Š Fill an existing critical low altitude data void in hurricanes
Š Complement and support NOAA’s existing research & operations
Š Minimize mission and regulatory ‘risk’ (increase the likelihood for success)
Š Minimize Cost
The pros and cons of the execution of a low altitude UAS TC flight mission was presented and included Land-launched vs. Air-deployed UAS’ (see slides for details).
The pros include:
While the cons include:
The pros and cons of Land-launched UAS’ are:
The pros and cons of Air-deployed UAS’ include:
SCOAR Meeting, Day 2: 23 June 2010
UAV Experiment - Ken Melville kindly agreed to participate in the SCOAR meeting and provided a report on a UAV experiment that he is involved with. Ken is affiliated with the Marine Physical Laboratory and the Physical Oceanography Research Division of Scripps. His group’s primary area of research is air-sea interaction, including the topics of surface wave dynamics, air-sea fluxes, and upper ocean turbulence. Many of these processes and phenomena are influenced directly by surface wave breaking.
Ken reported that a UAV system to measure air-sea fluxes of momentum and other variables in the marine atmospheric boundary layer (MABL) along with simultaneous surface wave measurements is being developed. This technology will permit measurements at low altitudes that are too dangerous for human flight. This low altitude (O(10) m) capability will result from the use of laser altimetry, differential GPS (DGPS) and inertial motion units (IMUs) to provide input to the controls for low altitude flight.
Information about Ken’s experiment follows:
Part of the experiment was to demonstrate that experiments can be done from manned aircraft. An Airborne LIDAR system was used. Existing lab equipment was assembled to form an Airborne LIDAR system. Research flights in a Piper Twin Comanche provided data of the Southern California coastline and near shore ocean environment. Additionally, research flights aboard a Cessna Caravan in April 2008 used scanning LIDAR to survey Lady Elliot Island (LEI) and surrounding waters, in Australia’s Great Barrier Reef.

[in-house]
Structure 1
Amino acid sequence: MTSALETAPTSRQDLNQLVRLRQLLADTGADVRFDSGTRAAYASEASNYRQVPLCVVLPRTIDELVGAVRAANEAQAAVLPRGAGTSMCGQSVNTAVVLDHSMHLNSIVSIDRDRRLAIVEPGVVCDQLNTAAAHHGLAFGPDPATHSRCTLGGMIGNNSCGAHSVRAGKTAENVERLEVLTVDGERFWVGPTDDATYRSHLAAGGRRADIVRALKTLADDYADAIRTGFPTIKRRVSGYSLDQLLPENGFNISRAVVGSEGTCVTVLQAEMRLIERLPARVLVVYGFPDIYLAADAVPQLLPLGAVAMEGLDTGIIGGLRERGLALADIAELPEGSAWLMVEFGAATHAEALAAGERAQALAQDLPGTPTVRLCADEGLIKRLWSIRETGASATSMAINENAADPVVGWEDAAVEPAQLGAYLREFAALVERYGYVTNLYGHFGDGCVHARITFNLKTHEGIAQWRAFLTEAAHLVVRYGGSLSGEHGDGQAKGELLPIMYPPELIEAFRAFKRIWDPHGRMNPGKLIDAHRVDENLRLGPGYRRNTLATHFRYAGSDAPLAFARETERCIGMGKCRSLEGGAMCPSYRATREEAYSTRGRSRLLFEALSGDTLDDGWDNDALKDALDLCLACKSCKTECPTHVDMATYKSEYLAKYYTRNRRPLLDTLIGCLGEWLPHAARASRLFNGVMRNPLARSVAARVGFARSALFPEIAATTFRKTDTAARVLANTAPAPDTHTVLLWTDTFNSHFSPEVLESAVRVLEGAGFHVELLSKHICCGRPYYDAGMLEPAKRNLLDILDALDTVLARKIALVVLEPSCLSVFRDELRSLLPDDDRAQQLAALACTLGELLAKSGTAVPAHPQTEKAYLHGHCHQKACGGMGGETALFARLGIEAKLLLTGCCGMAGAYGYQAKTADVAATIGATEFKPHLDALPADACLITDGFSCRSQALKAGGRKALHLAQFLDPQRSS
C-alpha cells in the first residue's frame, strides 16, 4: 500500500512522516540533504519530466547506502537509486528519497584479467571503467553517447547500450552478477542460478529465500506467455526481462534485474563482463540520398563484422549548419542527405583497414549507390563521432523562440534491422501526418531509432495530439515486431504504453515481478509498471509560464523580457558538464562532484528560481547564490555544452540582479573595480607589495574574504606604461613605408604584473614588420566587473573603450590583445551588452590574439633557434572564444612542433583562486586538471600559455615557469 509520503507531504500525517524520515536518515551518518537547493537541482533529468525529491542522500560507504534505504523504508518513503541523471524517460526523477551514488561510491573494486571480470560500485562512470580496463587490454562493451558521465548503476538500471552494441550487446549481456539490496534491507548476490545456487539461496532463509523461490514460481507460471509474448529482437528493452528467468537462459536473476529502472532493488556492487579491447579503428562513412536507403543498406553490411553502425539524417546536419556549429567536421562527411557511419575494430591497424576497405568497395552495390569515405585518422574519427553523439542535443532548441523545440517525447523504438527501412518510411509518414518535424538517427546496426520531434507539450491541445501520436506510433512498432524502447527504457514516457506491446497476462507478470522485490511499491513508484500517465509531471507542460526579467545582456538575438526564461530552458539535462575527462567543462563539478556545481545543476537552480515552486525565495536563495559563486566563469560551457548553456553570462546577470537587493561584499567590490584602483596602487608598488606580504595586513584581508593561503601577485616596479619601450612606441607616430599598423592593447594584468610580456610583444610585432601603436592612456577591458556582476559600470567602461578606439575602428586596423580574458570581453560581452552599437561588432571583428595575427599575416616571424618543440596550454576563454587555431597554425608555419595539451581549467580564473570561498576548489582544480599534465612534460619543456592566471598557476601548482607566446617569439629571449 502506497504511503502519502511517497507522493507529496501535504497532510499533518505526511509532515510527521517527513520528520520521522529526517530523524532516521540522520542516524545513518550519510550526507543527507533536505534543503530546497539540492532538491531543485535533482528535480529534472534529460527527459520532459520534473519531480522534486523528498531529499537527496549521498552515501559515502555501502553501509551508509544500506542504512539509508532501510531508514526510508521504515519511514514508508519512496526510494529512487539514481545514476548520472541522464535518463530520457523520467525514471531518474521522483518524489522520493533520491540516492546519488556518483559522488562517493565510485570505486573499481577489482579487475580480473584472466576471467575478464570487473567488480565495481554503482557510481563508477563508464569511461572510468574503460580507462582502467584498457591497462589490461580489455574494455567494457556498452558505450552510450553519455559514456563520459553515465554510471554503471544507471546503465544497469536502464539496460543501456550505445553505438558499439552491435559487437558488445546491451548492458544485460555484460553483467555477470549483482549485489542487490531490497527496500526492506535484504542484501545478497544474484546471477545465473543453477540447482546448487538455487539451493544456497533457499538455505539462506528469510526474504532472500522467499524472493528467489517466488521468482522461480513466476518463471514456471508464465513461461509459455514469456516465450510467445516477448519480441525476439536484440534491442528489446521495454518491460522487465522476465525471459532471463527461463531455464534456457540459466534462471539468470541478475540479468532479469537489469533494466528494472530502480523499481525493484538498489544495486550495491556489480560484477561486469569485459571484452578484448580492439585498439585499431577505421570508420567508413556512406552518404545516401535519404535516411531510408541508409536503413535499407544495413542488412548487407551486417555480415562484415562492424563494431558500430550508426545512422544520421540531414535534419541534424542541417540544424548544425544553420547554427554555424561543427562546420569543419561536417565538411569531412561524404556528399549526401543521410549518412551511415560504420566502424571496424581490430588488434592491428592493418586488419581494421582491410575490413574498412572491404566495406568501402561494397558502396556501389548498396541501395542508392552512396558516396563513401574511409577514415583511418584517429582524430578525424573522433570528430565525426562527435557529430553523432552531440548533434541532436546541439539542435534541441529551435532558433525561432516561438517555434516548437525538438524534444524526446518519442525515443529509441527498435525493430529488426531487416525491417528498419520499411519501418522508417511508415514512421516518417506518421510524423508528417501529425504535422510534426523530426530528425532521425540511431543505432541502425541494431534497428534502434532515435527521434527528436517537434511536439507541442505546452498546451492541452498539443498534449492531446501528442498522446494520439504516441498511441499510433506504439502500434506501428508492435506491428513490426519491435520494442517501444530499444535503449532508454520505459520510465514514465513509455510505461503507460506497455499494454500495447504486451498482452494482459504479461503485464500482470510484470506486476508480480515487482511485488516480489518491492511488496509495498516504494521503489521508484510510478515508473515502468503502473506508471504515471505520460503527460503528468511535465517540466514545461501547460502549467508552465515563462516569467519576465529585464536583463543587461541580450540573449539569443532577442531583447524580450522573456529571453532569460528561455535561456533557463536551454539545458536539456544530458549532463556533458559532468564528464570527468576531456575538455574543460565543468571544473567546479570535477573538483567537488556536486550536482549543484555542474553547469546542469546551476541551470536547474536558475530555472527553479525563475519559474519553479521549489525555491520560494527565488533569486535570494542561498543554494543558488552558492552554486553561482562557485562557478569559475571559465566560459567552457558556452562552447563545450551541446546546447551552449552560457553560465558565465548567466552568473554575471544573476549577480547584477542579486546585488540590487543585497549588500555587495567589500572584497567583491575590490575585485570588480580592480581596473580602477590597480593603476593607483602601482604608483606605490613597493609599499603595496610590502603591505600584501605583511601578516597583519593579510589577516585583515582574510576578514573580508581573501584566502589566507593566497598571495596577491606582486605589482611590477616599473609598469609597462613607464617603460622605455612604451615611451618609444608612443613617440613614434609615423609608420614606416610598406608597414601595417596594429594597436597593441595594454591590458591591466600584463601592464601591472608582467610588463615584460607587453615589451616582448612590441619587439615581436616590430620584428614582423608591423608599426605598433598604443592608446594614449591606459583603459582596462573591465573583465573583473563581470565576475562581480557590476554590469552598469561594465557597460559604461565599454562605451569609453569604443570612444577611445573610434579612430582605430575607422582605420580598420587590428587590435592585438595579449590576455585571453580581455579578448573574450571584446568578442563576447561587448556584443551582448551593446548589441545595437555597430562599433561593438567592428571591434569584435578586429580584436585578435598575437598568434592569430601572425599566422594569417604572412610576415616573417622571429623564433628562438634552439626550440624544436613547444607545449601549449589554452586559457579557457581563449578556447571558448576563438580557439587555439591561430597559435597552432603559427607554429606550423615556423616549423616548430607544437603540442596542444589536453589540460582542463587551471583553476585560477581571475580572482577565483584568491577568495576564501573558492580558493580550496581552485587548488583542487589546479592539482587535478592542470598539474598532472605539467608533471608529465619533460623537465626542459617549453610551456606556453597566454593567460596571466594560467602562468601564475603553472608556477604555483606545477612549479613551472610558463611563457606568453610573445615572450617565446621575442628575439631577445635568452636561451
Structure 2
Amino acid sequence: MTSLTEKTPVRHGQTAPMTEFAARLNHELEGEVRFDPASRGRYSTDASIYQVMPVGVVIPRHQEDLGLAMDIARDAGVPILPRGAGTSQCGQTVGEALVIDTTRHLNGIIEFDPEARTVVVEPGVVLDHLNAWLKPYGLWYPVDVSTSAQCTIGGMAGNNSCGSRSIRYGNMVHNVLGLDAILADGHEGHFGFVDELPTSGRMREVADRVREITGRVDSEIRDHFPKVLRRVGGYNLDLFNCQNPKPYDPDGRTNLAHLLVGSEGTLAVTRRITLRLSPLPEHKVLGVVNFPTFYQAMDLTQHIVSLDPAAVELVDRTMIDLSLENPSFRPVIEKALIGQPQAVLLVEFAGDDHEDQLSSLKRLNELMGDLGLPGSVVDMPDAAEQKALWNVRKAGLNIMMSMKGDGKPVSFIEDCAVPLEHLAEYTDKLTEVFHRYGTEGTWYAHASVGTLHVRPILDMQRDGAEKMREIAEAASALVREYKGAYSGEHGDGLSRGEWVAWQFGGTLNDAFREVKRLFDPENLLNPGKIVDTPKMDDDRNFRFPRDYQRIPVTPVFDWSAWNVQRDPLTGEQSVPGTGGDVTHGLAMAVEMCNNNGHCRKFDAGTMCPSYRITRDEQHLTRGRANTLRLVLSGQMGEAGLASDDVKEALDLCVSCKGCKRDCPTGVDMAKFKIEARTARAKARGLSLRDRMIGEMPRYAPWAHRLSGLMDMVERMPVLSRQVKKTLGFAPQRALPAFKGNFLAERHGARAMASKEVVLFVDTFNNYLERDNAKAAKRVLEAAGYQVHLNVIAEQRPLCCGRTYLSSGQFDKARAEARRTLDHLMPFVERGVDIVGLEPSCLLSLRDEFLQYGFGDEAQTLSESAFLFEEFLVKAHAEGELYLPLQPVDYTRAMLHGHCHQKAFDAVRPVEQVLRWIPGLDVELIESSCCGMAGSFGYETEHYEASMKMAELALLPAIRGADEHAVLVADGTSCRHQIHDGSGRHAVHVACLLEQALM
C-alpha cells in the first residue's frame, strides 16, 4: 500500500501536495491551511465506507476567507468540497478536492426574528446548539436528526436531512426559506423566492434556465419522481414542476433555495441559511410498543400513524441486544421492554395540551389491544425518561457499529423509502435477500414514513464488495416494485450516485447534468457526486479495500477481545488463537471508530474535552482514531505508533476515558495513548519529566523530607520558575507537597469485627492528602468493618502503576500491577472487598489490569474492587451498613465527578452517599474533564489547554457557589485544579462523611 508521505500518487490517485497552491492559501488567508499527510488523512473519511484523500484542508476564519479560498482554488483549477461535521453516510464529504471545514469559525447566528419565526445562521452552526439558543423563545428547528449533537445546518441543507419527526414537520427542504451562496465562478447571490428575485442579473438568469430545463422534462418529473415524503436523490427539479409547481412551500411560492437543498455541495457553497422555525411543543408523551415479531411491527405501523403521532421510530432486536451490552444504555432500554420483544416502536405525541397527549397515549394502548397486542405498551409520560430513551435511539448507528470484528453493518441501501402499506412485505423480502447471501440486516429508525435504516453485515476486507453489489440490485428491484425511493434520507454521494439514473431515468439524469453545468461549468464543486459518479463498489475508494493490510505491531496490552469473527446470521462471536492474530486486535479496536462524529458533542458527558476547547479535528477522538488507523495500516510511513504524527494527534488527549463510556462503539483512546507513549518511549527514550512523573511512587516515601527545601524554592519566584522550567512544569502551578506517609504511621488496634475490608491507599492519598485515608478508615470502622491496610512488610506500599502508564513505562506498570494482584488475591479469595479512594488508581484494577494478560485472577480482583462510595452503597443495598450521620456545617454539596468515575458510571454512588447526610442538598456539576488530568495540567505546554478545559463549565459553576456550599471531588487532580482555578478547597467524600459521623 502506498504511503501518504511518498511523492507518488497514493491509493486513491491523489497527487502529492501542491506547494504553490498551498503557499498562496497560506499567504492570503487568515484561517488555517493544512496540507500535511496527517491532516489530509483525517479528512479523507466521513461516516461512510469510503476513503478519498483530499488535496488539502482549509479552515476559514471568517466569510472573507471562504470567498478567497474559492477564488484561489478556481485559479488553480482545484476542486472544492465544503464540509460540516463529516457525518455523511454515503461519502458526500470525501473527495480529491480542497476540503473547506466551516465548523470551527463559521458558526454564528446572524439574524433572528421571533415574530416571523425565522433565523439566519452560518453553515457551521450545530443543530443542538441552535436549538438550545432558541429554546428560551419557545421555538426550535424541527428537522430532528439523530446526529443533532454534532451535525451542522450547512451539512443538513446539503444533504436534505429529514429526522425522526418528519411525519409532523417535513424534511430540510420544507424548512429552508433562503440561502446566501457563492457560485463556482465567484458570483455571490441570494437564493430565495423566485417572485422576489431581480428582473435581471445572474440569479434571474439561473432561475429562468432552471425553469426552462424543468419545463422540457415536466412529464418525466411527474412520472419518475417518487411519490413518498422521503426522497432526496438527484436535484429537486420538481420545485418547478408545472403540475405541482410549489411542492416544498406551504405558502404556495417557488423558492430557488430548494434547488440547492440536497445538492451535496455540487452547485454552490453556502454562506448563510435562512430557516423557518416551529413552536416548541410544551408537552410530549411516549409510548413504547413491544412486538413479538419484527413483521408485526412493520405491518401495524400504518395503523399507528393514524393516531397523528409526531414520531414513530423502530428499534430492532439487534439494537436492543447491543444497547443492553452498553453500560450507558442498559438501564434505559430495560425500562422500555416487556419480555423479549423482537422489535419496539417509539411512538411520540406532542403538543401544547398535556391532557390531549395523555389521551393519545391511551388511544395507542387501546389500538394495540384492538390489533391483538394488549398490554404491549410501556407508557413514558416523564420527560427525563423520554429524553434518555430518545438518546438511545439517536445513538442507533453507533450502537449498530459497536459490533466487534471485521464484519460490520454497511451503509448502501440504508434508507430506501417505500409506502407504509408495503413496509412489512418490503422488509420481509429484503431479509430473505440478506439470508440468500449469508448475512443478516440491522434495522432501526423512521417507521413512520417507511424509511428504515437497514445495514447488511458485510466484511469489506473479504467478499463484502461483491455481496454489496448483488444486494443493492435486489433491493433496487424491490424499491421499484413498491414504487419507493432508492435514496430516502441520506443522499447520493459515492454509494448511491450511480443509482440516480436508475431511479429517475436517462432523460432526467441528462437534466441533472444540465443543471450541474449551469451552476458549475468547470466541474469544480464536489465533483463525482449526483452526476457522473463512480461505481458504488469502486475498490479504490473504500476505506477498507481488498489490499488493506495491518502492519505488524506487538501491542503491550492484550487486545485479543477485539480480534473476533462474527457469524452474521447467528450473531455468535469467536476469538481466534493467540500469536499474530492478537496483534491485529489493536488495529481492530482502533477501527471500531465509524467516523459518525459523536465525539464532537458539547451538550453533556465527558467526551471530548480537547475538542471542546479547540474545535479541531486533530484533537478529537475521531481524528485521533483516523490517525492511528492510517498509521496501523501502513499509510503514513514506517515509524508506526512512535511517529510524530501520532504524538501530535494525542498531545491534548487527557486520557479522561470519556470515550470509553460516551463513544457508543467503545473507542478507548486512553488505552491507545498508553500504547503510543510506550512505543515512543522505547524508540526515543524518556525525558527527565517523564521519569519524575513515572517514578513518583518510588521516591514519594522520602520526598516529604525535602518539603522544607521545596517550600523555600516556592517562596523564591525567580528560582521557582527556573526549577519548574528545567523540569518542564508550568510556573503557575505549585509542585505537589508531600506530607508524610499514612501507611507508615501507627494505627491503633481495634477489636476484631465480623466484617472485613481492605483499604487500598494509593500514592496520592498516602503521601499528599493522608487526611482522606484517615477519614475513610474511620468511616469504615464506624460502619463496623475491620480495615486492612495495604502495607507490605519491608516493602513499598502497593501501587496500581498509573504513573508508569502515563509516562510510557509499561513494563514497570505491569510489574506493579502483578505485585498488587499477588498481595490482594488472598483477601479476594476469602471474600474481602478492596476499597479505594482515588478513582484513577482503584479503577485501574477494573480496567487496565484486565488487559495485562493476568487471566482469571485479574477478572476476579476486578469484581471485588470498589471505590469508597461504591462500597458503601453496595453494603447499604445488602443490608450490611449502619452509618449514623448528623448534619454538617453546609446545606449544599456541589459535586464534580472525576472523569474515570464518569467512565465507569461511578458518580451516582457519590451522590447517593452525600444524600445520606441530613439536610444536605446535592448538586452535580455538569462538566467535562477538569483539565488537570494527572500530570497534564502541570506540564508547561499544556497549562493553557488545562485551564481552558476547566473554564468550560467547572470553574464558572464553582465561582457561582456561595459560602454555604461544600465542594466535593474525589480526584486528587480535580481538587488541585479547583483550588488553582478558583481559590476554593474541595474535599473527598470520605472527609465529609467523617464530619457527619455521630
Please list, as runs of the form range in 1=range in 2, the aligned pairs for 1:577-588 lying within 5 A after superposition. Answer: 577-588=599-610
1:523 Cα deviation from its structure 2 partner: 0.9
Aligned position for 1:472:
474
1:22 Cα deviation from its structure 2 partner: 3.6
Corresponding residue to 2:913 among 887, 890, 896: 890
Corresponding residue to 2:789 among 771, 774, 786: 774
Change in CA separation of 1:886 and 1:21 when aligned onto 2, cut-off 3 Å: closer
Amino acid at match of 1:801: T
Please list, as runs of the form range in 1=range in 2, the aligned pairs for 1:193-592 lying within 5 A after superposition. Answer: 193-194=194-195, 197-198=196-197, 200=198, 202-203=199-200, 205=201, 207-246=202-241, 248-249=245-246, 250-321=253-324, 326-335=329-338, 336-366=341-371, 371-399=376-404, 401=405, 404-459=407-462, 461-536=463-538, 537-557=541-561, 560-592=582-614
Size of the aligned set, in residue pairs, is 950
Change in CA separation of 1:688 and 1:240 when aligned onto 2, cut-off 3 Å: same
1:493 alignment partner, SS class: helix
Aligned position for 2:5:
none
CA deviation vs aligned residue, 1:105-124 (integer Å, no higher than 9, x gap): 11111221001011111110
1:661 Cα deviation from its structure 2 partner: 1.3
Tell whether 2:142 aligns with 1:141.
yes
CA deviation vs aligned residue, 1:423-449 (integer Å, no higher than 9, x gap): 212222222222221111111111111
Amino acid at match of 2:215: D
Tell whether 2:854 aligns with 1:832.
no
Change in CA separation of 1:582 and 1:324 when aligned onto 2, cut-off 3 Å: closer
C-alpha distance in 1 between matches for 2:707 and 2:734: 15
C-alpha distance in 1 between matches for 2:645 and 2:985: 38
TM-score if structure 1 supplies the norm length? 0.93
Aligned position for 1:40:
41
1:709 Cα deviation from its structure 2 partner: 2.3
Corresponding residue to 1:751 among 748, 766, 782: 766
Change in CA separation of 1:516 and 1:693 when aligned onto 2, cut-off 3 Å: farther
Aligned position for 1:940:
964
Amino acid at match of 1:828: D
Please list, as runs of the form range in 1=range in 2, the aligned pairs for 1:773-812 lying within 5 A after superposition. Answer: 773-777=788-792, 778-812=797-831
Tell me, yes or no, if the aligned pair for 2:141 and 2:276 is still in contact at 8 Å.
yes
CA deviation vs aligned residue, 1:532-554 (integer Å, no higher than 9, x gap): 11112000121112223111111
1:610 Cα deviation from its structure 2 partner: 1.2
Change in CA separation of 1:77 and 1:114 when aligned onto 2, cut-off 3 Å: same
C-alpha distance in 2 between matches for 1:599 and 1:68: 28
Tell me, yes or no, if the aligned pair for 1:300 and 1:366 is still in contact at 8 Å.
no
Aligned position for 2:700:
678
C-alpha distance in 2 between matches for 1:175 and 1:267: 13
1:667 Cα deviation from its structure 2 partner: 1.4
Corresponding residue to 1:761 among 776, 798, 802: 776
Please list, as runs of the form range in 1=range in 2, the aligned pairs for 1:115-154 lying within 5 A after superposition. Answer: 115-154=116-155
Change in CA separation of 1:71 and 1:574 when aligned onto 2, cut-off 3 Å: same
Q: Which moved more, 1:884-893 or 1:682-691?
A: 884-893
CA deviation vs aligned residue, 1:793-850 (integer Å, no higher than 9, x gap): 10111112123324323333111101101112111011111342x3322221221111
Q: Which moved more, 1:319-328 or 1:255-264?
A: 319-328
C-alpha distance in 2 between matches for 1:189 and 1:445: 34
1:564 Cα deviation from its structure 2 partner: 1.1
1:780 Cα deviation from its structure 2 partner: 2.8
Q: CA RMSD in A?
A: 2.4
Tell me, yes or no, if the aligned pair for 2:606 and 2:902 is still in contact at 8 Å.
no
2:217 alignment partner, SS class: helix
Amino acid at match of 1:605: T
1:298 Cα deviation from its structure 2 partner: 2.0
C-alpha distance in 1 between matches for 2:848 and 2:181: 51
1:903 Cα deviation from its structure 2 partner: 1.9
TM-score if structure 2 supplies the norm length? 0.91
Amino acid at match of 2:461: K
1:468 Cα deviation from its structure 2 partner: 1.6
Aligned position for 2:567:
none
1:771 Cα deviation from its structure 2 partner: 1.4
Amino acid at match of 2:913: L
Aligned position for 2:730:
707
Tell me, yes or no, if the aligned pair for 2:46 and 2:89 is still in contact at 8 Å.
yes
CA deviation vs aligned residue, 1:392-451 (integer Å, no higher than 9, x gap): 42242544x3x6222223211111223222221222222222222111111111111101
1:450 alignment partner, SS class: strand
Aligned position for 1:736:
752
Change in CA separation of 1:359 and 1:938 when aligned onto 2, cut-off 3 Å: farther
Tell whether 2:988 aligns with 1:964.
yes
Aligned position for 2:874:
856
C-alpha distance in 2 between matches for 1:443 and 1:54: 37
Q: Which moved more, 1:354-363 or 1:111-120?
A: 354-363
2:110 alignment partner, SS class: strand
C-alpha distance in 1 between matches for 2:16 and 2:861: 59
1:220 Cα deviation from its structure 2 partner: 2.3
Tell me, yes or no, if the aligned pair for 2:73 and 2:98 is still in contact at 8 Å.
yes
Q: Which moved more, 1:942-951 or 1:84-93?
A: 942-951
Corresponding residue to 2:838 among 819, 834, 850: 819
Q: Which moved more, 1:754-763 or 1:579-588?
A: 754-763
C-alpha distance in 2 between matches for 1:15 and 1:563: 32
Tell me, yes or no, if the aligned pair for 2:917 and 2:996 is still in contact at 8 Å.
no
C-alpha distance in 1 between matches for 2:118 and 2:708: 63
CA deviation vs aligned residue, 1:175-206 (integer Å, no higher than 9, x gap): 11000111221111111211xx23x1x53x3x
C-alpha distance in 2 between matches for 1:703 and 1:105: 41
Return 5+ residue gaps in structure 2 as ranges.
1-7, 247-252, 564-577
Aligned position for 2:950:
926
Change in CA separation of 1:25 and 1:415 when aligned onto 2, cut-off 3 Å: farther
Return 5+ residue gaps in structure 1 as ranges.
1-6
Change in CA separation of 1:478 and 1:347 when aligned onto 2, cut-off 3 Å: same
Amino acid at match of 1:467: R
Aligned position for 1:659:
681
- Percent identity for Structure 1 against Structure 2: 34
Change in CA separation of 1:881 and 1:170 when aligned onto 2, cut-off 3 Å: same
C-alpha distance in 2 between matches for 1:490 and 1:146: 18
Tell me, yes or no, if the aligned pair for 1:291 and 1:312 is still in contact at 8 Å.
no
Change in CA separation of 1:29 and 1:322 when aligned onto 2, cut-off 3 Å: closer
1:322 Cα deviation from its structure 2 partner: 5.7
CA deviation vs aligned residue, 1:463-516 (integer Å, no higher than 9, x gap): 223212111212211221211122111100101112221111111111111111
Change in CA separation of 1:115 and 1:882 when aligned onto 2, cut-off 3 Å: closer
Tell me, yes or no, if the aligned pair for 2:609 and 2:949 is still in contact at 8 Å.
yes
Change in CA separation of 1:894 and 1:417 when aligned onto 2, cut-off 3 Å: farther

Ken also spoke about the Arctic aircraft applications. The experiments can be done with two UAVs, but he feels that the initial studies should be done with a Twin Otter. Air space issues are non-trivial even in the Arctic.
It was recommended that Luc and Ken draft a proposal for a UAV science demo from a Navy AGOR. They should work out the logistics with Bob Bluth.
SCOAR Terms of Reference: The UNOLS Charter requires that review of the Charter and its Annexes be preformed every three years. The SCOAR members reviewed the SCOAR terms of reference, UNOLS Charter, Annex VIII. Many suggested revisions and updates were incorporated into the terms (see Appendix XI). A motion was made and passed to forward the revised UNOLS Charter Annex VIII to the UNOLS Council for consideration (Dan Reimer/Phil McGuillivary).
SCOAR Membership – The SCOAR membership and term dates were reviewed (see Appendix XII). Nick Shay announced his resignation from SCOAR. When he was originally approached to serve on SCOAR, he thought it was for the broader oceanographic aircraft use. He thinks that CIRPAS is making good progress. A replacement for Nick will be needed. Suggestions were discussed.
Incorporating Aircraft into Ocean Sciences - Phil McGuillivary provided a report with examples and images of how aircraft have been conceptualized or utilized in ocean observing and oceanographic research. His slides are included as Appendix IX. The slides include:
SCOAR Action Item List – SCOAR meeting participants discussed the role of the committee and suggested activities. An action item list was generated and is included as Appendix X. The list is also provided at the beginning of this meeting minutes report.
Adjourn – The SCOAR meeting adjourned at 12:00 noon.